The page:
It was great seeing so many locals finish.  The conditions with the heat made it a brutal day especially for the people who started later in the morning.  I saw locals Seth Long (med tent), Jay Gates, Teresa Perisho, John Thompson, Josh Lederman, Jessica Imm, and Aaron Maurer (med tent) all finish the race.  I'm probably forgetting a couple other locals as well.  Jessica finished as the top female amateur in the entire race beating some of the women's pro field with an incredible performance.  I'm really excited for how fit she is as she gets ready for Ironman Wisconsin in September.  It's going to be a great day for her.  As for me I was just glad to get home and see my family.  I talked to Adam Bohach on the phone and he gave me some great insight on my much needed break.  I'm going to take at least 1 week completely off...maybe longer.  I want to get out of shape.  That is my only goal right now.  Eat whatever I want for a few days, put on some weight, get out of shape, get the fire back, and then come back and train hard.  I wans't sure I wanted to race again this year but that idea is already out the window.  I'm sure I do.  I have a few new ideas for training the 2nd half of the 2012 season.  I should have taken this break earlier in the year.  I've gone 29 weeks with 3 days off training.  In hindsight it wasn't enough.  I saw it coming.  My bike times have gotten progressively worse every race despite training harder and training more for each one thinking I wasn't working hard enough.  I learned a good lesson about the value of rest.  The athletes I'm coaching right now area all racing incredibly well...as a coach I know the importance of rest but my athlete self ignored the same advice I give as a coach.  I'm probably lucky to have won 3 races already this year with the direction I was going with my training.  I've had a lot of people call to make sure I am okay...remember this is my hobby.  I do it because it's fun, not because I have to.  I know to put things in perspective.  Although it means a lot to me at the end of the day it's just a race...it's the same thing my kids do up and down the hall almost every day.  More important than any medal, title, or ranking at the end of the day is the process of getting myself physically fit and healthy.  I went a little overboard with that but I'm much more fit now than when I got into this craziness three years ago.  I'm still a gambler and believe sometimes you risk big to win big.  I lost this recent gamble but I know all the training I did will pay off when I rest and allow my body to adapt to it.  What I don't know is how long that will take.  Thanks for reading and understanding that things don't always go the way you hope.  DREAM BIG!!  I will be back.  Branson and Arizona are on the schedule and on my mind as I type this...but for now getting out of shape is the most important thing.


Joshua said...

hope you enjoy your much deserved rest time and break from training. perspective is the key to success and you hit on that well in this race report. can't wait to see how the rest of your year goes. i'm excited to be doing my first 70.3 next month at the pigman. i'm more of a trail ultra runner and while this is only my 2nd tri (last year's chicago olympic being my first), i'm excited to cross the 70.3 off my list and see how i like the distance. keep living uncommon brother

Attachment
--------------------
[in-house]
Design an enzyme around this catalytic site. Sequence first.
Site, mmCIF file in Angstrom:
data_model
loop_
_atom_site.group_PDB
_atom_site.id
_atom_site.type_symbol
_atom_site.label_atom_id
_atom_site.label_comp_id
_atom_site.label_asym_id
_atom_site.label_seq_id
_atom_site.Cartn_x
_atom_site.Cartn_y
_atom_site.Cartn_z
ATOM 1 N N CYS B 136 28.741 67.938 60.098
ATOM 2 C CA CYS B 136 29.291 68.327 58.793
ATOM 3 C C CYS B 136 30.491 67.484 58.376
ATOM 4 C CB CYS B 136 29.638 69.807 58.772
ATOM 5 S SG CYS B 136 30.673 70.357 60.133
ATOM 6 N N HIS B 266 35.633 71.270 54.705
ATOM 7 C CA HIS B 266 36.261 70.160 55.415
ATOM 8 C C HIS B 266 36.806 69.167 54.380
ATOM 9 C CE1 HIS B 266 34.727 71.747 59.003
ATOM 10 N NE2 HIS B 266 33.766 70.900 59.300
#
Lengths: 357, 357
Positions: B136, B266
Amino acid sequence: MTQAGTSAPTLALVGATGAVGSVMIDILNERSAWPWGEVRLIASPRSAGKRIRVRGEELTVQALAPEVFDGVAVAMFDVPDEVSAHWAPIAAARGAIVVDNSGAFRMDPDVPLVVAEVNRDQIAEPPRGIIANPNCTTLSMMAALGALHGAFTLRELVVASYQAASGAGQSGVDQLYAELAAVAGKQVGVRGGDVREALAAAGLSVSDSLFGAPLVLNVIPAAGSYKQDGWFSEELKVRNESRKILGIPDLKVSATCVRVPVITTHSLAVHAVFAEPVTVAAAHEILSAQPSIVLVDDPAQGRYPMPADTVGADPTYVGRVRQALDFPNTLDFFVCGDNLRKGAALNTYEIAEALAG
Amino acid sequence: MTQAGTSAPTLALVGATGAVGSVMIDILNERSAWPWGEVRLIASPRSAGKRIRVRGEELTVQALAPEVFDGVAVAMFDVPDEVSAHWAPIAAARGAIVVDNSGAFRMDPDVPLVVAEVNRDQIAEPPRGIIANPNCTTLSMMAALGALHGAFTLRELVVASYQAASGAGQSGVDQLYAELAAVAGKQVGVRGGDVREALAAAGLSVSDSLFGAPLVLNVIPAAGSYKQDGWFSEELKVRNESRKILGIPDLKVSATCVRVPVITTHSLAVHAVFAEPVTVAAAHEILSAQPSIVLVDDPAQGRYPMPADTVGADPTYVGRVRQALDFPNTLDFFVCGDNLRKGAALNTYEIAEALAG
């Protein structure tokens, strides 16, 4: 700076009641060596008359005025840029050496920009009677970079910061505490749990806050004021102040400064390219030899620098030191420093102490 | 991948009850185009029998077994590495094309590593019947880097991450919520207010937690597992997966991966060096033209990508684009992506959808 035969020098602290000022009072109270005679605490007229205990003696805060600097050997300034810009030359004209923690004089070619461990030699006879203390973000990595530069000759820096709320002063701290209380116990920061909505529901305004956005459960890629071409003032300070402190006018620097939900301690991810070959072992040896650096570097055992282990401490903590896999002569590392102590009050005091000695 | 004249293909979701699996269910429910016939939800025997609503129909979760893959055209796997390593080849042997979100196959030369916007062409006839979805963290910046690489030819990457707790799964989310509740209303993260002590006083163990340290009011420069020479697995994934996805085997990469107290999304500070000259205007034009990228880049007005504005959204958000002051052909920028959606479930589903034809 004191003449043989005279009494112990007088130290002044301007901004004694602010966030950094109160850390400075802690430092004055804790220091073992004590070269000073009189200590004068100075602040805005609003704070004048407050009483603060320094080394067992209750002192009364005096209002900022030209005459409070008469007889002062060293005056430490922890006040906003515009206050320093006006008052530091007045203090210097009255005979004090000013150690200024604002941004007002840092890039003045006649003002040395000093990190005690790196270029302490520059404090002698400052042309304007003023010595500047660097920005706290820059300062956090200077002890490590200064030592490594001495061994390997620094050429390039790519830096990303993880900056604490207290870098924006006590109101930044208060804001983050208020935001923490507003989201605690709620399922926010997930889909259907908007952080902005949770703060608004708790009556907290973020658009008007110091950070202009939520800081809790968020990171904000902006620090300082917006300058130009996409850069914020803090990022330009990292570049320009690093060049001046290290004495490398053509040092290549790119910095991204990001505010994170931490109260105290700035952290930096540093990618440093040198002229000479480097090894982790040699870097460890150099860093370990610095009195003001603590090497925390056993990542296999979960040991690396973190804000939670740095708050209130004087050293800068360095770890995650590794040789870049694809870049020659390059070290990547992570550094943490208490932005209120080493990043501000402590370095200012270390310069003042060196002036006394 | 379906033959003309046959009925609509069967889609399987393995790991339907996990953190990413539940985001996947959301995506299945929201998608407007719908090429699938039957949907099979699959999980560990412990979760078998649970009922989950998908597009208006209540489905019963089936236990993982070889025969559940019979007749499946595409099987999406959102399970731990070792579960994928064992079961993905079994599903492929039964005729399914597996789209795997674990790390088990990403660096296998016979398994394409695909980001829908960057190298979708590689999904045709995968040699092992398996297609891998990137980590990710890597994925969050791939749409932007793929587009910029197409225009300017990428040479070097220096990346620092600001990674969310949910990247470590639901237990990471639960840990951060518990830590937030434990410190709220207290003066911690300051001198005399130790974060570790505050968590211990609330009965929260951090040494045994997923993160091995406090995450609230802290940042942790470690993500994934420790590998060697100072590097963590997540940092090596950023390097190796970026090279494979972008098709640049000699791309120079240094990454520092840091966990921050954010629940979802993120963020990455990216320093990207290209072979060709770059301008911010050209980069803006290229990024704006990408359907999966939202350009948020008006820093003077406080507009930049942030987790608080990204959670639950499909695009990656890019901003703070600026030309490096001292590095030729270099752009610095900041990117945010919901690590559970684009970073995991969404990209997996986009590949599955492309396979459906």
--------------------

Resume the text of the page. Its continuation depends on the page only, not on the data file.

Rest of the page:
Jeff Paul said...

Thanks Joshua and you'll be great at Pigman Long! Best of luck!!

Journey to 2012 Leadville - Byrne said...

You are still a total stud. You have set your standards so high that you are not satisfied unless you perform at the highest levels. That is good in a way because it helps to keep driving you. But you also need to be gentle with yourself too sometimes. You inspire a lot of people (and Jen does too) - more than you probably realize. This may be the fuel to light your fire even higher when you get back into it. Enjoy the break and you'll be back - stronger than ever. A lot of people have your back and will continue to do so. It's fun to read about what was going through a professional athlete's mind during a competitive race - enjoyed the post - thanks!

Jeff Paul said...

Thanks John! I appreciate it and I'd love to know what goes through your mind as you roar through leadville in under 24 hours!!

Journey to 2012 Leadville - Byrne said...

There is a lot that goes through my mind during a long run at Leadville. Surprisingly the time goes by quicker than you might think but there certainly is time to reflect on a lot (family, life goals, friendships). When you are at your highs you get excited, enjoy the scenery, feel good about yourself, and in the back of your mind wonder how long it is going to last because the next trough is probably around the corner :o) When you are in a trough, you try to figure out how to get out of it (eat, walk, change pace, stretch). I listen to music (that motivates me). During the first 50 miles you also get the opportunity to run with a lot of people you've never met before and it is amazing how you can get into some pretty intimate conversations with people you've just met - interesting how we behave differently when we are in the midst of a stressful situation. during the last 50 miles, if you are smart, you have a pacer with you the entire time, and you lean on them to tell you stories, keep your mind off your soreness and pain, tell you lies about how good you look and how close you really are to the finish. It is a whole different ballgame from what you do. You are pushing your body at such high levels from beginning to end. Leadville is more about strategy, stubborness, managing pain, digestion, and blisters. While I think it is tough, my guess is that most accomplished triathletes could do fine at Leadville if they wanted to make the commitment. It doesn't go in reverse however. I don't believe most Leadvillers would be capable of performing at the level that you and your wife do :o)